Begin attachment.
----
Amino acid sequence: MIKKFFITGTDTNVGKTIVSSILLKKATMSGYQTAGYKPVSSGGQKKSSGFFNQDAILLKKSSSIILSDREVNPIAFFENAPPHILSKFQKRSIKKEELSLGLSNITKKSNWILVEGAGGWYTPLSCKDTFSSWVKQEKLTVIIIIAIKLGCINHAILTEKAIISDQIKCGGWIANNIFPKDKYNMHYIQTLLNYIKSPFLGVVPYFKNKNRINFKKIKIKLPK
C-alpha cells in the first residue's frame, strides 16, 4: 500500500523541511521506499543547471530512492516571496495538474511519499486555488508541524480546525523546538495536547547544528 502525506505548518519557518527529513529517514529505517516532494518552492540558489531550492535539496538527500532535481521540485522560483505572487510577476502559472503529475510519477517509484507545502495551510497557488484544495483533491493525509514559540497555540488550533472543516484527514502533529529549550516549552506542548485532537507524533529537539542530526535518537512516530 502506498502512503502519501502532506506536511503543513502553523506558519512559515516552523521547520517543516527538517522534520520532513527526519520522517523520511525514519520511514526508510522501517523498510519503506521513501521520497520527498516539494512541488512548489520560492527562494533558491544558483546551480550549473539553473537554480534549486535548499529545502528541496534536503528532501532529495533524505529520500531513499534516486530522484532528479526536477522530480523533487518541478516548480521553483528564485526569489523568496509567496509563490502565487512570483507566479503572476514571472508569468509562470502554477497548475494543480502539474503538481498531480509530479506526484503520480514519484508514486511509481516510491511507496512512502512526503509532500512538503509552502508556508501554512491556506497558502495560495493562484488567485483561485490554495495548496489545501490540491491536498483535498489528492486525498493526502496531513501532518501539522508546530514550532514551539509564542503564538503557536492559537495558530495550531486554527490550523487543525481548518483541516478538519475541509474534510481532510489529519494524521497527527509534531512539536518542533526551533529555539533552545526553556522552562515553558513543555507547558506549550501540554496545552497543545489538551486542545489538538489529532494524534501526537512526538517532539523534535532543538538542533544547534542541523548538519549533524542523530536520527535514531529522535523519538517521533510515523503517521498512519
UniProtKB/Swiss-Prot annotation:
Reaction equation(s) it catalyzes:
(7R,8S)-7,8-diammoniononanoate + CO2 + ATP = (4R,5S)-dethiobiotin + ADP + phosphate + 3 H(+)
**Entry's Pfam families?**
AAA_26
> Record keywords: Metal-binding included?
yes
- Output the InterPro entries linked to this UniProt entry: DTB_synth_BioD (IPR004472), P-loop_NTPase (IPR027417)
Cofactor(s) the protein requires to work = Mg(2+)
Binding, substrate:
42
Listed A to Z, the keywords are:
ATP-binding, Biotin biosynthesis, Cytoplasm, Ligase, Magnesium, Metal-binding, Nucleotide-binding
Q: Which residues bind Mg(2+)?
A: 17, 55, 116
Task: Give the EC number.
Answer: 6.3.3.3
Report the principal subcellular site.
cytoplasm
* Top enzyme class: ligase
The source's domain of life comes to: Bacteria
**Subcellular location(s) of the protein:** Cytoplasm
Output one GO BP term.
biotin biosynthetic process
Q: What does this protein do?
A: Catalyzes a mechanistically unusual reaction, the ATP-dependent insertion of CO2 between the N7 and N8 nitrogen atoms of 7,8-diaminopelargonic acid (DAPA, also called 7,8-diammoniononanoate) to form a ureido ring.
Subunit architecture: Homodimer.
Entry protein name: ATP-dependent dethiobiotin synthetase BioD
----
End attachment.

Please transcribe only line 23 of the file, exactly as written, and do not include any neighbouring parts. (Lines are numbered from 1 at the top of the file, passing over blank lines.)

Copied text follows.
The source's domain of life comes to: Bacteria